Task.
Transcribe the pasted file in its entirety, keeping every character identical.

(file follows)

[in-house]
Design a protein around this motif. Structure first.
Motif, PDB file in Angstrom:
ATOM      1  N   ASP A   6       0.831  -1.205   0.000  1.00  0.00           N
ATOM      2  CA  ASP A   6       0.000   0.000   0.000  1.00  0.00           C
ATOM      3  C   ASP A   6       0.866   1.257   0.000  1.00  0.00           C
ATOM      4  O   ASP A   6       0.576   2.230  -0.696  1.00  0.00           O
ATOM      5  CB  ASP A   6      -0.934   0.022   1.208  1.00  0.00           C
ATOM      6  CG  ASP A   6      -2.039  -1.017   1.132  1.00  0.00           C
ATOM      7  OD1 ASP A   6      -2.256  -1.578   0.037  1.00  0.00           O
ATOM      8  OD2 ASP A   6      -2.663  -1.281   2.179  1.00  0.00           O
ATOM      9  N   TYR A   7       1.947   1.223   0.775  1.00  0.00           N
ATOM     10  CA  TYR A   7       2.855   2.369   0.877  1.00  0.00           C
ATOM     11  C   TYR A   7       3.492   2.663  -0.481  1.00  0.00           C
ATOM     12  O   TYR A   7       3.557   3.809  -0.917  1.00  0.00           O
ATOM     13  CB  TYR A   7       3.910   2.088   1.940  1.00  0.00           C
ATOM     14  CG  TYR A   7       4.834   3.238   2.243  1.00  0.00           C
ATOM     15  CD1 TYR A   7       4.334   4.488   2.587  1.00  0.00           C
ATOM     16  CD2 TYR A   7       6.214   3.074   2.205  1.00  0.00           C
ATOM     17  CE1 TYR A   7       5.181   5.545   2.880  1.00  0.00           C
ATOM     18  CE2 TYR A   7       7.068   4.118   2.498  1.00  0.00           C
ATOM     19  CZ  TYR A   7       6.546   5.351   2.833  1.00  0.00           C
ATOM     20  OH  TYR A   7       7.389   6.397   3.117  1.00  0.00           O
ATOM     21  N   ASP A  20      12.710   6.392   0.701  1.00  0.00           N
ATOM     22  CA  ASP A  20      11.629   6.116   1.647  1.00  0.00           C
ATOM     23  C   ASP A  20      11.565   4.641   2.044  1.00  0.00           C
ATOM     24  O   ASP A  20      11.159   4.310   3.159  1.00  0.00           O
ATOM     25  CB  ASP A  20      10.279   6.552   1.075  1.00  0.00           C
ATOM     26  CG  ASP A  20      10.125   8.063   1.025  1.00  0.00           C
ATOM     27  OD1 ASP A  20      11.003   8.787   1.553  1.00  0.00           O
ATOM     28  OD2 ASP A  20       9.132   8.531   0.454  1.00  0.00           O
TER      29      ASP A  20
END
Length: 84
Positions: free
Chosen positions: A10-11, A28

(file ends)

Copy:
[in-house]
Design a protein around this motif. Structure first.
Motif, PDB file in Angstrom:
ATOM      1  N   ASP A   6       0.831  -1.205   0.000  1.00  0.00           N
ATOM      2  CA  ASP A   6       0.000   0.000   0.000  1.00  0.00           C
ATOM      3  C   ASP A   6       0.866   1.257   0.000  1.00  0.00           C
ATOM      4  O   ASP A   6       0.576   2.230  -0.696  1.00  0.00           O
ATOM      5  CB  ASP A   6      -0.934   0.022   1.208  1.00  0.00           C
ATOM      6  CG  ASP A   6      -2.039  -1.017   1.132  1.00  0.00           C
ATOM      7  OD1 ASP A   6      -2.256  -1.578   0.037  1.00  0.00           O
ATOM      8  OD2 ASP A   6      -2.663  -1.281   2.179  1.00  0.00           O
ATOM      9  N   TYR A   7       1.947   1.223   0.775  1.00  0.00           N
ATOM     10  CA  TYR A   7       2.855   2.369   0.877  1.00  0.00           C
ATOM     11  C   TYR A   7       3.492   2.663  -0.481  1.00  0.00           C
ATOM     12  O   TYR A   7       3.557   3.809  -0.917  1.00  0.00           O
ATOM     13  CB  TYR A   7       3.910   2.088   1.940  1.00  0.00           C
ATOM     14  CG  TYR A   7       4.834   3.238   2.243  1.00  0.00           C
ATOM     15  CD1 TYR A   7       4.334   4.488   2.587  1.00  0.00           C
ATOM     16  CD2 TYR A   7       6.214   3.074   2.205  1.00  0.00           C
ATOM     17  CE1 TYR A   7       5.181   5.545   2.880  1.00  0.00           C
ATOM     18  CE2 TYR A   7       7.068   4.118   2.498  1.00  0.00           C
ATOM     19  CZ  TYR A   7       6.546   5.351   2.833  1.00  0.00           C
ATOM     20  OH  TYR A   7       7.389   6.397   3.117  1.00  0.00           O
ATOM     21  N   ASP A  20      12.710   6.392   0.701  1.00  0.00           N
ATOM     22  CA  ASP A  20      11.629   6.116   1.647  1.00  0.00           C
ATOM     23  C   ASP A  20      11.565   4.641   2.044  1.00  0.00           C
ATOM     24  O   ASP A  20      11.159   4.310   3.159  1.00  0.00           O
ATOM     25  CB  ASP A  20      10.279   6.552   1.075  1.00  0.00           C
ATOM     26  CG  ASP A  20      10.125   8.063   1.025  1.00  0.00           C
ATOM     27  OD1 ASP A  20      11.003   8.787   1.553  1.00  0.00           O
ATOM     28  OD2 ASP A  20       9.132   8.531   0.454  1.00  0.00           O
TER      29      ASP A  20
END
Length: 84
Positions: free
Chosen positions: A10-11, A28